Scientists discover X-rays coming from Uranus
Observations from the Chandra X-ray observatory reveal unexpected X-ray emission from the Solar System’s third largest planet.
The seventh planet of our Solar System hasn’t revealed all its secrets yet. Of too low magnitude to be observed with the naked eye, the ice giant is composed of a small core surrounded by a dense fluid of water, methane and ammonia, with a gaseous atmosphere containing hydrogen, helium and some methane. Less impressive than Saturn’s, there are nonetheless 13 rings and 27 moons orbiting the planet. Its most striking feature though is its 98° sideways tilt (where the Earth’s is only 23°).
Only the Voyager 2 spacecraft has gone the 3 billion kilometres to the planet, launched in 1977 and getting closest to Uranus in 1986 (then only reaching interstellar space 3 years ago, 6 years after its colleague Voyager 1, which however didn’t pass by Uranus). Chandra data from 2002 (cover image) and 2017, when it was pointed at the ice giant, has been analysed again to discover Uranus' X-ray activity.
Until now, X-ray emissions had been detected from every planet in the Solar system except from the icy giants Uranus and Neptune. Most of the time, they can be explained by a scattering of X-rays coming from the Sun. In the case of Saturn, in particular its rings, further emission is produced by fluorescence: similarly to the absorption and emission processes that occur in nebulae for instance, there it’s the oxygen of the water molecules in the icy rings that absorbs a photon from the Sun, causing an electron to be in an excited state, then the oxygen emits the photon when the electron transitions back to the ground state. The specificity of fluorescence, as you can see in the diagram below, is that the absorbed photon is at a higher energy than the emitted one because the electron transitions without emitting light in the higher excitation states.
Uranus is also surrounded by energetic photons, so potentially the “extra” X-rays could be produced from their interaction with the oxygen of icy water in the rings. Another hypothesis, that explains the emission from the planet itself and is well-studied for Jupiter and Saturn, is the phenomenon of auroras. As with the ones we observe on Earth, what happens is that charged particles (mostly electrons) are ejected from the solar surface by solar wind. Once they reach a planet with an atmosphere and a magnetic field, they get accelerated along the magnetic field lines and precipitate into the upper atmosphere, where they ionize the atmosphere’s atoms (mostly hydrogen), causing the famous effect. The Hubble Space Telescope had already imaged auroras in visible wavelengths, the Chandra data might lead to an understanding of the correlation between visible and X-ray auroras.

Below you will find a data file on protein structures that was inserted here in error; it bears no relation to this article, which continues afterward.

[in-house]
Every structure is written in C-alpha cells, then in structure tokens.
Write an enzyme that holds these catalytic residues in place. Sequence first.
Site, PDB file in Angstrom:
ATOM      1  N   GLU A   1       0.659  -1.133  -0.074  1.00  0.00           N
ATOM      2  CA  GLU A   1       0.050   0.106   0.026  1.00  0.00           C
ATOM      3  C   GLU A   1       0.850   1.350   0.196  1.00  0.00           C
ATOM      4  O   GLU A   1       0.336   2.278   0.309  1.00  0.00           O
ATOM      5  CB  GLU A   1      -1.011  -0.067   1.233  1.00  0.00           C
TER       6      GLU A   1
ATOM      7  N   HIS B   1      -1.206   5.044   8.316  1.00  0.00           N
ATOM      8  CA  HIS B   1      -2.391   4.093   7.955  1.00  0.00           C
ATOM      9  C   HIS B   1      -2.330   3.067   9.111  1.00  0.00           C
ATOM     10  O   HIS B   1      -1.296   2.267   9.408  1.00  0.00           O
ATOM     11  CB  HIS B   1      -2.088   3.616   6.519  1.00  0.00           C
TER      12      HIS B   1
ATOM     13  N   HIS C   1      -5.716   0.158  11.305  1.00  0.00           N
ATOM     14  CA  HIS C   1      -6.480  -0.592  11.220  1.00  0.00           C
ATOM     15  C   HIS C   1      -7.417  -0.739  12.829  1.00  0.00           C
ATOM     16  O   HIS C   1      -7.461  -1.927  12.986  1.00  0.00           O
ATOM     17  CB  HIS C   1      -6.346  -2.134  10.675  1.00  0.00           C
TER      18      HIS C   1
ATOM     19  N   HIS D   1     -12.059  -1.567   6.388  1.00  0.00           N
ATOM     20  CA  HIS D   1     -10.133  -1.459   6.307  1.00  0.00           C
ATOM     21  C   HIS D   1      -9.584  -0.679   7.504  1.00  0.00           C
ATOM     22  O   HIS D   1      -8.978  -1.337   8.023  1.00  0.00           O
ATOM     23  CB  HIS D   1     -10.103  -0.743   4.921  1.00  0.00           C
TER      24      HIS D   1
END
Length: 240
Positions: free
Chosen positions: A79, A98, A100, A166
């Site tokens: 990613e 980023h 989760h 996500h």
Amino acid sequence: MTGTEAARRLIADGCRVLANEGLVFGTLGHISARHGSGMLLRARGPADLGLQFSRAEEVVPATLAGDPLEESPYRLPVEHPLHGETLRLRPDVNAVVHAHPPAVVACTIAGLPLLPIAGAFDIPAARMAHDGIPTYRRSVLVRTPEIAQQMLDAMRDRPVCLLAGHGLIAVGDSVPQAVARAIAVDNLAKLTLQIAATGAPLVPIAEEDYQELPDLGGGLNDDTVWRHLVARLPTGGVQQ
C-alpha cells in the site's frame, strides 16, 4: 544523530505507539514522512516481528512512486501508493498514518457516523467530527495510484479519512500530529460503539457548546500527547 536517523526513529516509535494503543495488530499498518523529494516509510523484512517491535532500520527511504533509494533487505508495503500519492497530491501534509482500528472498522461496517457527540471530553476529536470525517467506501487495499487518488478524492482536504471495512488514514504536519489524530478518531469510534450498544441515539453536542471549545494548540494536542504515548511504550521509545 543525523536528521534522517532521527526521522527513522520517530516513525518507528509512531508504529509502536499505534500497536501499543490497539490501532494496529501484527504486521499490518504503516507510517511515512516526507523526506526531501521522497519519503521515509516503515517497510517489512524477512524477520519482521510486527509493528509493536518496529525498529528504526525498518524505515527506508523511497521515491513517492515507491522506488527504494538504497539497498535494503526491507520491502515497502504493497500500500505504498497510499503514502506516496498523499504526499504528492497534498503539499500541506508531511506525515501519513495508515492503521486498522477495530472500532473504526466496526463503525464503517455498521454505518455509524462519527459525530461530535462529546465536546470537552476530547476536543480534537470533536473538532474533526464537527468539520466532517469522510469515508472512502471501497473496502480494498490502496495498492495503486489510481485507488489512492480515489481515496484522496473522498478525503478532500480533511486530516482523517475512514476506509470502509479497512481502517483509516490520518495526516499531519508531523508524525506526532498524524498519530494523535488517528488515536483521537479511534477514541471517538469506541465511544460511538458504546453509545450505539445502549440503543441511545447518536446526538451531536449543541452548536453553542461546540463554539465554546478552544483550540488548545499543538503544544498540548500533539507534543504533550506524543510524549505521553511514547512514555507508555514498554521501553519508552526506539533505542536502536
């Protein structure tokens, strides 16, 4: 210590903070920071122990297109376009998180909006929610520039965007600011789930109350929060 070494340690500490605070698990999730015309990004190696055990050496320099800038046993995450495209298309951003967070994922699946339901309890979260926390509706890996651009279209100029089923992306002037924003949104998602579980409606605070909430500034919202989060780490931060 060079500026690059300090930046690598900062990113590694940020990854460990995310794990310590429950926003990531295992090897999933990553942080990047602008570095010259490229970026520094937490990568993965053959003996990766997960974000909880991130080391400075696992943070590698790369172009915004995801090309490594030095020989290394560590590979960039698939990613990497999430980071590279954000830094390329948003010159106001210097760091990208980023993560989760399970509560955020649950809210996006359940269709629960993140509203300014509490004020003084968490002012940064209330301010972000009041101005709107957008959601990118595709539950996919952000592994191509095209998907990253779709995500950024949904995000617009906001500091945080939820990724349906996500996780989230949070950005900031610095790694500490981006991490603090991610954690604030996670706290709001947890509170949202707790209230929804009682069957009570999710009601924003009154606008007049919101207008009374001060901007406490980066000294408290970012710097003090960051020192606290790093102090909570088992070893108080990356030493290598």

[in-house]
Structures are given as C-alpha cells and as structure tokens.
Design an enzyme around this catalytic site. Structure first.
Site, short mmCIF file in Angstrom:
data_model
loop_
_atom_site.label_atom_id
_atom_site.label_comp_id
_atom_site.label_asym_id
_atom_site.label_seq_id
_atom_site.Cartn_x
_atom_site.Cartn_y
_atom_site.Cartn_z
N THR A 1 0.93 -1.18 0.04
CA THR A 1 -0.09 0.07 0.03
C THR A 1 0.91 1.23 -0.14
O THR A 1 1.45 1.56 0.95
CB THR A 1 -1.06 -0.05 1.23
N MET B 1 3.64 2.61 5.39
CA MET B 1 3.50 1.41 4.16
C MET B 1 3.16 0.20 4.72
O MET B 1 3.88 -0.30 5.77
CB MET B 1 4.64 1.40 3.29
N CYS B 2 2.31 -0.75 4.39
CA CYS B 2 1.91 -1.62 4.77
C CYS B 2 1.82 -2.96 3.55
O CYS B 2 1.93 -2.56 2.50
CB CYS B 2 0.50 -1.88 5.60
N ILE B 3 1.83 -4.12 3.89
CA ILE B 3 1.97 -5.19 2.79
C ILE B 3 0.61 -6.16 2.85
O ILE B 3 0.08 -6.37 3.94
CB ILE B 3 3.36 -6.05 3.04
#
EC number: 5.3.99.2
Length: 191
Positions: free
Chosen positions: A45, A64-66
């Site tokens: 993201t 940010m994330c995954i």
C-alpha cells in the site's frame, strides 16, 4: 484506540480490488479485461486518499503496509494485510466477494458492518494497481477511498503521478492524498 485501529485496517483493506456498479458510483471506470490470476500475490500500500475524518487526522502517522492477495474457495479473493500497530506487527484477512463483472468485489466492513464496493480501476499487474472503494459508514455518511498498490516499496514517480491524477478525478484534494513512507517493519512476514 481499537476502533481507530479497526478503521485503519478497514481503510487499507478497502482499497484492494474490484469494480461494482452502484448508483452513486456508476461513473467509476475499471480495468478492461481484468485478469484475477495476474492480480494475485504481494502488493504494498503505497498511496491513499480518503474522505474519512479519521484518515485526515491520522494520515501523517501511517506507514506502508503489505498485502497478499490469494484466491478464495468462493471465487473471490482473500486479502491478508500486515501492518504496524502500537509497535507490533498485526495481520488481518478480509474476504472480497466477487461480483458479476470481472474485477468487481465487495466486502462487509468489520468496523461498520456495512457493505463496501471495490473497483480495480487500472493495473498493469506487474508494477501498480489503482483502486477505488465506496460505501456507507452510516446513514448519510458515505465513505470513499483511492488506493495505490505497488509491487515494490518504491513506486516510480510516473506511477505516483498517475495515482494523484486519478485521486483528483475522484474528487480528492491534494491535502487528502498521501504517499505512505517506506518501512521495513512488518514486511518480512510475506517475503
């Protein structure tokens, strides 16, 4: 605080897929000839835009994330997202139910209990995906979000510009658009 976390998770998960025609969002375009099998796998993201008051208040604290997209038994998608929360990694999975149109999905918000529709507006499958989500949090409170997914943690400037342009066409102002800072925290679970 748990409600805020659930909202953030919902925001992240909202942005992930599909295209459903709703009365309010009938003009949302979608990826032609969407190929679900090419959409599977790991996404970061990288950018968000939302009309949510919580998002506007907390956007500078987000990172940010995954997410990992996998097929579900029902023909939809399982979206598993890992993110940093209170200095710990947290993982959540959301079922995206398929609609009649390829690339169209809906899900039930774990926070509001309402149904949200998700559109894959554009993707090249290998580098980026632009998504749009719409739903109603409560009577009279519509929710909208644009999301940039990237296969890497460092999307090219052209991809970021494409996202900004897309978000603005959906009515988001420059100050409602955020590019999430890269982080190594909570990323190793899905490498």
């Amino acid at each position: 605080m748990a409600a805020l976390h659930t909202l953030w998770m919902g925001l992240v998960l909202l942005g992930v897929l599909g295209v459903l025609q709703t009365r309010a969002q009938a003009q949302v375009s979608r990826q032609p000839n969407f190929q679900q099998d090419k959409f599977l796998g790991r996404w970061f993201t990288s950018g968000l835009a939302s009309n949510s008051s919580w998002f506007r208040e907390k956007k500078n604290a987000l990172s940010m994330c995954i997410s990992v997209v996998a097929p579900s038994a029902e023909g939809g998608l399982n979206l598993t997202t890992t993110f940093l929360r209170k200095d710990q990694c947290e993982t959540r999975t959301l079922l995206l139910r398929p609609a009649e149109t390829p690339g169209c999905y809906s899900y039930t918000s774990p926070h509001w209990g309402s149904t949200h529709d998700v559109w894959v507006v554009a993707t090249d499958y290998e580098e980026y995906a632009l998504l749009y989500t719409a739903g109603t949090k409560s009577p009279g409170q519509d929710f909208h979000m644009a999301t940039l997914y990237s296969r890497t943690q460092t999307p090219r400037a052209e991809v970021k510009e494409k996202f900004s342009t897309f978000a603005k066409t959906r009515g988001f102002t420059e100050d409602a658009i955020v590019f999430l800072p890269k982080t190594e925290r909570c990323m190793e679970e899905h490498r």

Uranus’ magnetic field is as tilted and off-axis as its rotation, which on one hand implies that auroras there would be much more complex and beautifully shaped, but also that observations are more difficult. ESA’s Athena X-ray observatory and NASA’s Lynx one will be even more powerful than Chandra, with longer exposures of the icy giant they could map the locations and fluctuations of the emissions. NASA is even considering sending a probe to the icy giants – our Solar System’s least well understood planets Uranus and Neptune still have things to tell us about themselves, the formation of the System and even exoplanets, many of which are sub-Neptune sized.
Cover Image: 2002 observation, NASA/CXO/UCL/W. Dunn et al; W.M. Keck Observatory
1 - Uranus' tilt, NASA, ESA, and A. Feild (STScI)
2 - Uranus by Voyager 2, NASA/JPL
3 - 2017 observation, NASA/CXO/UCL/W. Dunn et al; W.M. Keck Observatory
4 - Fluorescence, D. Lleres et al.
5 - HST images of Uranus, ESA/Hubble & NASA, L. Lamy / Observatoire de Paris